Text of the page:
LATAM Delta – Oneworld Update (Earlier Exit In The Works)

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LATAM in need of a cash infusion made a deal with Delta for an equity stake (read more here) that meant an exit from the Oneworld Alliance that was set to take place on October 1, 2020 (read more here).

Now, LATAM has sent out an update to its frequent flyer program members, implying that they are working to accelerate the Oneworld exit while maintaining bilateral deals in place with most alliance members sans American Airlines.

You can access LATAM’s page for Delta migration here.

Here’s a copy of the email that LATAM sent out:

Here’s clearer text (with BOLDING) from LATAM’s website:

LATAM Airlines Peru, LATAM Airlines Colombia and LATAM Airlines Ecuador signed new codeshare agreements with Delta that will offer you the possibility to connect to up to 74 destinations in the United States and Canada, starting the first quarter of 2020. We are also working with Delta to extend these agreements to other countries in South America, including Chile and Brazil, during 2020 as well as a frequent flyer agreement to provide you with more travel benefits.

As we announced in September, we will leave the oneworld alliance within one year. However, we are reviewing an earlier departure date and will communicate any change in due course. We know how important it is for you to keep the same benefits and travel experience. That’s why we l will maintain our bilateral agreements with the most of oneworld alliance members, so that you can continue accessing our route networks, lounges as well as earn and redeem LATAM Pass Points.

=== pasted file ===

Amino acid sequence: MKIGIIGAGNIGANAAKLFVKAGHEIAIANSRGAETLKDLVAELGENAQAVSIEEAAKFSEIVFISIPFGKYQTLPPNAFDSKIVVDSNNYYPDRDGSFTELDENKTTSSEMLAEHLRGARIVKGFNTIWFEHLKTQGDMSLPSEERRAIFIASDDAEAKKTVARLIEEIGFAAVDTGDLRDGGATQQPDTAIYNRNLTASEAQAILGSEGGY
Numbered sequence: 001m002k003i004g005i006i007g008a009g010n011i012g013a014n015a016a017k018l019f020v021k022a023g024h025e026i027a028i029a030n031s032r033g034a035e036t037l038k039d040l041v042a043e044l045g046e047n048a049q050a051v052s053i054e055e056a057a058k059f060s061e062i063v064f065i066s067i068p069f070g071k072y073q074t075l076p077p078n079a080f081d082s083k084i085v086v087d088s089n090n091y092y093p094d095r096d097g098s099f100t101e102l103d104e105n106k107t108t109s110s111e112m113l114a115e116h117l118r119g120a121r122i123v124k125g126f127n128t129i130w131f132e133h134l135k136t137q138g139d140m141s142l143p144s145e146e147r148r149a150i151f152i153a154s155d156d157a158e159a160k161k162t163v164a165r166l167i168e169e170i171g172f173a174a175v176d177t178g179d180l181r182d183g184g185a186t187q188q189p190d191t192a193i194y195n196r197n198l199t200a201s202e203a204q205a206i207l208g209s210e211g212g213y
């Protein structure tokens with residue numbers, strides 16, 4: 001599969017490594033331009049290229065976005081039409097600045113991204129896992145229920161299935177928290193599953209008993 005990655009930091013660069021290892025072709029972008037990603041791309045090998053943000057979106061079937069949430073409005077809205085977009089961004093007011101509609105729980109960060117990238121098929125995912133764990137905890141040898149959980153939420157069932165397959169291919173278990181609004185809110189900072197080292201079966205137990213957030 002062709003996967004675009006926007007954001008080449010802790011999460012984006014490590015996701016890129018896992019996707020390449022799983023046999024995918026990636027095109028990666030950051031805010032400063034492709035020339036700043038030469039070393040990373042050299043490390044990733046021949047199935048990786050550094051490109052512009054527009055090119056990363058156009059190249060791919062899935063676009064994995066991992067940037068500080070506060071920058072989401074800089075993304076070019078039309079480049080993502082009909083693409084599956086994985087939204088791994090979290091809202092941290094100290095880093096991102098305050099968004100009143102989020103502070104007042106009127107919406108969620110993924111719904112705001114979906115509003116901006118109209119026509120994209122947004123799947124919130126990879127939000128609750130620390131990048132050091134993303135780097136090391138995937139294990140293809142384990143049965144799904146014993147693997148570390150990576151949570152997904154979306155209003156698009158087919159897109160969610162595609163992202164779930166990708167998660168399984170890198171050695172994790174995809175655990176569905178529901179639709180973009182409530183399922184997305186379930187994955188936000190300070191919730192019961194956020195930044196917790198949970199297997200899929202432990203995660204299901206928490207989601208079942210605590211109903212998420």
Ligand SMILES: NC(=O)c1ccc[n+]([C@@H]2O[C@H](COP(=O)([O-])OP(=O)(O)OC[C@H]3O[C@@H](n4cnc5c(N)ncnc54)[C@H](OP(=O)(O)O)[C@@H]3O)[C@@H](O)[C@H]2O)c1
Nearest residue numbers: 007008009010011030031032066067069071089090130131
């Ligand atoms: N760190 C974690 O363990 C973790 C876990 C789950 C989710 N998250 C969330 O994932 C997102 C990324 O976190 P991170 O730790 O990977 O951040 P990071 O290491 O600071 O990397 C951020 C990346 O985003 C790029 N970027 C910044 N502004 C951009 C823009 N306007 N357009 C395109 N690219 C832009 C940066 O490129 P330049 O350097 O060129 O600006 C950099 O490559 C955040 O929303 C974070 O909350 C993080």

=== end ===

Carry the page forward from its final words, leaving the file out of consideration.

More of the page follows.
In parallel, we will formally end our codeshare agreements with American Airlines, effective February 1, 2020. Tickets purchased via LATAM for American Airlines flights up until January 31, 2020 will maintain the same conditions irrespective of the flight date.

Conclusion

It seems that LATAM understands that they have a mess on their hands. They are exiting Oneworld while keeping bilateral agreements in place with most of the alliance airlines? This doesn’t make much sense. Why exit an alliance if you are going to keep most of the agreements sans the AA one? Was working with American Airlines so toxic for them?

You would think that LATAM’s frequent flier program members that travel outside of South America would not be too keen on this development. They are losing most of the Alliance benefits that are granted to elite members. Also, Delta and SkyTeam member airlines don’t allow elite members to access lounges on domestic travel, unlike Oneworld and Star Alliance (AA and UA frequent fliers cannot access their own carrier lounges when traveling domestically).

Were LATAM so desperate in raising cash that they had to turn Delta? Wasn’t American Airlines or other Oneworld Alliance airlines unwilling to invest some equity? Traditionally airline investments to other airlines haven’t turned out too well at the end. Just look at what happened with Etihad and their Equity Alliance that has completely unraveled with billions lost in the process.

Delta belongs to a third rate SkyTeam alliance, and LATAM has not even indicated that they would join it. The subject line on the email that LATAM sent out is “New alliance with Delta to take you further” is a lie. It perhaps made LATAM financial situation better considering the current environment in the country, but nothing good will come out of this neither LATAM nor Oneworld frequent flier program members.

I have extensively used Oneworld’s around-the-world products, starting one today in Karachi, and each has had quite a few flights operated by LATAM. The exit from the alliance makes this product much less valuable for me as Oneworld practically loses all connectivity WITHIN South America.

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